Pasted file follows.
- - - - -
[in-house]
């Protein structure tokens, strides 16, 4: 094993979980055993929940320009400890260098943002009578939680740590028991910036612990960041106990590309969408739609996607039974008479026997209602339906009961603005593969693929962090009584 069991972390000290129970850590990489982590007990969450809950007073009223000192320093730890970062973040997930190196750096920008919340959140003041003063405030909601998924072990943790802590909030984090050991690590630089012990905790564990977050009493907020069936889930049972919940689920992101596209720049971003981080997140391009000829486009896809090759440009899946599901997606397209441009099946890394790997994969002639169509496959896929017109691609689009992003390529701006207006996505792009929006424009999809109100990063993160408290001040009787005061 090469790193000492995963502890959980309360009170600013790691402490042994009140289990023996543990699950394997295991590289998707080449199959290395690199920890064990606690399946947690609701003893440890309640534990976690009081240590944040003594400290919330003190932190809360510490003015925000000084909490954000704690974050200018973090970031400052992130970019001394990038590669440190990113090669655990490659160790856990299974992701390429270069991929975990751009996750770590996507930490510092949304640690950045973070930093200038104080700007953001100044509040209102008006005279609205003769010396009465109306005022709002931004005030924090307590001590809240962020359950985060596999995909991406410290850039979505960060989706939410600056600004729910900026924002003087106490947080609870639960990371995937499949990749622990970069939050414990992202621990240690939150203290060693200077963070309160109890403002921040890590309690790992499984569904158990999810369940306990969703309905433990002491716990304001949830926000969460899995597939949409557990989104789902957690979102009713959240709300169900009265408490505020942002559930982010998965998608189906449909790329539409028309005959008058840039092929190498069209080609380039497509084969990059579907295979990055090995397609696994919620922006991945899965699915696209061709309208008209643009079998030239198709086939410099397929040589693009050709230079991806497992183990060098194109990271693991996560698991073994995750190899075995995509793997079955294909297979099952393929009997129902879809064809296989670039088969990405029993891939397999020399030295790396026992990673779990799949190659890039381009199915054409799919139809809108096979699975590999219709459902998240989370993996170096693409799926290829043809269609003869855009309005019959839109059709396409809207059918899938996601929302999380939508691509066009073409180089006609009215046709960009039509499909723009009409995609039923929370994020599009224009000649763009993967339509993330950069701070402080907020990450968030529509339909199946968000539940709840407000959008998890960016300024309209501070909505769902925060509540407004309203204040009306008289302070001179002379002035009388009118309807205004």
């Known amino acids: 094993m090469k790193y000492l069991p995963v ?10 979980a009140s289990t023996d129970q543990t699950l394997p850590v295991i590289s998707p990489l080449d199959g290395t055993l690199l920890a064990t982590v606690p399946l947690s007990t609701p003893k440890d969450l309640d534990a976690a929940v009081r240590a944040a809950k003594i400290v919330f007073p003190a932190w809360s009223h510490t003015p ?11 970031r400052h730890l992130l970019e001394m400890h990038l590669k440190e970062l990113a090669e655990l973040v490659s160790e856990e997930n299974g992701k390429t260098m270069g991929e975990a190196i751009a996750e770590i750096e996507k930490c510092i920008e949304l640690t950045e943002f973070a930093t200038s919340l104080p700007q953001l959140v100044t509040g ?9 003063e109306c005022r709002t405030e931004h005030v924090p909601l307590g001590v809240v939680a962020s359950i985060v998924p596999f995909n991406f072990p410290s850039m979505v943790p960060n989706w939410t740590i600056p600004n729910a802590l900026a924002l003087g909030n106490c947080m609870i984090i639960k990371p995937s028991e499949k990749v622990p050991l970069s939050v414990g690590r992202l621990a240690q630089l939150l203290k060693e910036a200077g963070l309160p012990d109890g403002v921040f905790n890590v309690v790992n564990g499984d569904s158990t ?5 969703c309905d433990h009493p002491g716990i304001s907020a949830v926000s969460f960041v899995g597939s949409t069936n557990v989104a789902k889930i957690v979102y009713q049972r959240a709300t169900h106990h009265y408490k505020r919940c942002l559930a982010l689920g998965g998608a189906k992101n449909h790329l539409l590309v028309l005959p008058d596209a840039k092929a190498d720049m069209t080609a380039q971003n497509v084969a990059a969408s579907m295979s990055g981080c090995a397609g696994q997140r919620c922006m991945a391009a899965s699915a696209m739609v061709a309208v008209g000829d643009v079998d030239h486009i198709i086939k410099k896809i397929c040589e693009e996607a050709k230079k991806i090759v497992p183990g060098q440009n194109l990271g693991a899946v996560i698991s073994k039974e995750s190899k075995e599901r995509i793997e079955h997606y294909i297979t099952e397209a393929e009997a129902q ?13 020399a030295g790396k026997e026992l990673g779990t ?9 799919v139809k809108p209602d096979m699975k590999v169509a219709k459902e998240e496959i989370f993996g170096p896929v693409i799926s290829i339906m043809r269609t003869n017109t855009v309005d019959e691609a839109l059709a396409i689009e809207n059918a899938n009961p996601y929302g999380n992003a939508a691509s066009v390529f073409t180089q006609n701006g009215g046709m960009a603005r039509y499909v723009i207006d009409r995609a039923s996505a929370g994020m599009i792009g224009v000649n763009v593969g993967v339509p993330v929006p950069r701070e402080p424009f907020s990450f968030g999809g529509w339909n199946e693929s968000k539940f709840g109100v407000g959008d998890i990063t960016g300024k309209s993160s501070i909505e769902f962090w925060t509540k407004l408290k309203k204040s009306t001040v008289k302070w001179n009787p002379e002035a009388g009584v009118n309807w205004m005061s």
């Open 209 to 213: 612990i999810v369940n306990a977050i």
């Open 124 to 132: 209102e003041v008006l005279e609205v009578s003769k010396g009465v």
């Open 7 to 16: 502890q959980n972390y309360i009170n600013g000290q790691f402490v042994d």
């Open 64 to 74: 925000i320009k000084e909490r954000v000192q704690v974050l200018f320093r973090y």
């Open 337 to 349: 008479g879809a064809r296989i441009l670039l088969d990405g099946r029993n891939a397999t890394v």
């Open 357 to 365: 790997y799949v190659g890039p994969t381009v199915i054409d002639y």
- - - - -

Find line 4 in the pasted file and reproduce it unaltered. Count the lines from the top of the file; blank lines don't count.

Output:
């Open 209 to 213: 612990i999810v369940n306990a977050i």